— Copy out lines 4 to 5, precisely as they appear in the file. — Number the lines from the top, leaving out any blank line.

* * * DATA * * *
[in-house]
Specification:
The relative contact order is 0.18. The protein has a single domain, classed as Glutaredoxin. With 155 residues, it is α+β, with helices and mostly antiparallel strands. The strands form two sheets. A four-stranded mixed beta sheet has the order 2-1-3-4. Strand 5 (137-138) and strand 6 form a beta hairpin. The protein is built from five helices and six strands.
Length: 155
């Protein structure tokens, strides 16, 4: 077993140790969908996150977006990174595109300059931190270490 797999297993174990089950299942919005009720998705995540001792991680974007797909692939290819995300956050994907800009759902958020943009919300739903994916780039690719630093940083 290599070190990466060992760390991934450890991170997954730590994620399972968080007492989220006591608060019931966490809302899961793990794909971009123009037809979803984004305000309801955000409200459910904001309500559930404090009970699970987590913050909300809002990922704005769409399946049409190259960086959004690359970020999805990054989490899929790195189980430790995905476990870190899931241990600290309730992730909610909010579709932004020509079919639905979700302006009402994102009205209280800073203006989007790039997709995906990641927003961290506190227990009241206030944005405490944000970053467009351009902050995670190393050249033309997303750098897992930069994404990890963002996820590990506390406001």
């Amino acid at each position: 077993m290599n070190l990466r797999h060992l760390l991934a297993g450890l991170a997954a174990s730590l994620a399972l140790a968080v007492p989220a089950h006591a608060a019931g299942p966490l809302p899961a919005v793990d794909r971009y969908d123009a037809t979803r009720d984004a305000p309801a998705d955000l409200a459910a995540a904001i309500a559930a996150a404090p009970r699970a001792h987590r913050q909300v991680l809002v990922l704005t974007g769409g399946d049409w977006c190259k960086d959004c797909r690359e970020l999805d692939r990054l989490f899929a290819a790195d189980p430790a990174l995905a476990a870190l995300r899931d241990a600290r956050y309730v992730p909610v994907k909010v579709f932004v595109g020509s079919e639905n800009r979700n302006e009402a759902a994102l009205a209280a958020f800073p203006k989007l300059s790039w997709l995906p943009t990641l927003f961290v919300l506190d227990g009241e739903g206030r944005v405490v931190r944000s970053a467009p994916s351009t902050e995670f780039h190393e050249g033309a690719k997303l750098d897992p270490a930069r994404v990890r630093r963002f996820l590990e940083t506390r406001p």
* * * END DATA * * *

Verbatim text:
Length: 155
């Protein structure tokens, strides 16, 4: 077993140790969908996150977006990174595109300059931190270490 797999297993174990089950299942919005009720998705995540001792991680974007797909692939290819995300956050994907800009759902958020943009919300739903994916780039690719630093940083 290599070190990466060992760390991934450890991170997954730590994620399972968080007492989220006591608060019931966490809302899961793990794909971009123009037809979803984004305000309801955000409200459910904001309500559930404090009970699970987590913050909300809002990922704005769409399946049409190259960086959004690359970020999805990054989490899929790195189980430790995905476990870190899931241990600290309730992730909610909010579709932004020509079919639905979700302006009402994102009205209280800073203006989007790039997709995906990641927003961290506190227990009241206030944005405490944000970053467009351009902050995670190393050249033309997303750098897992930069994404990890963002996820590990506390406001």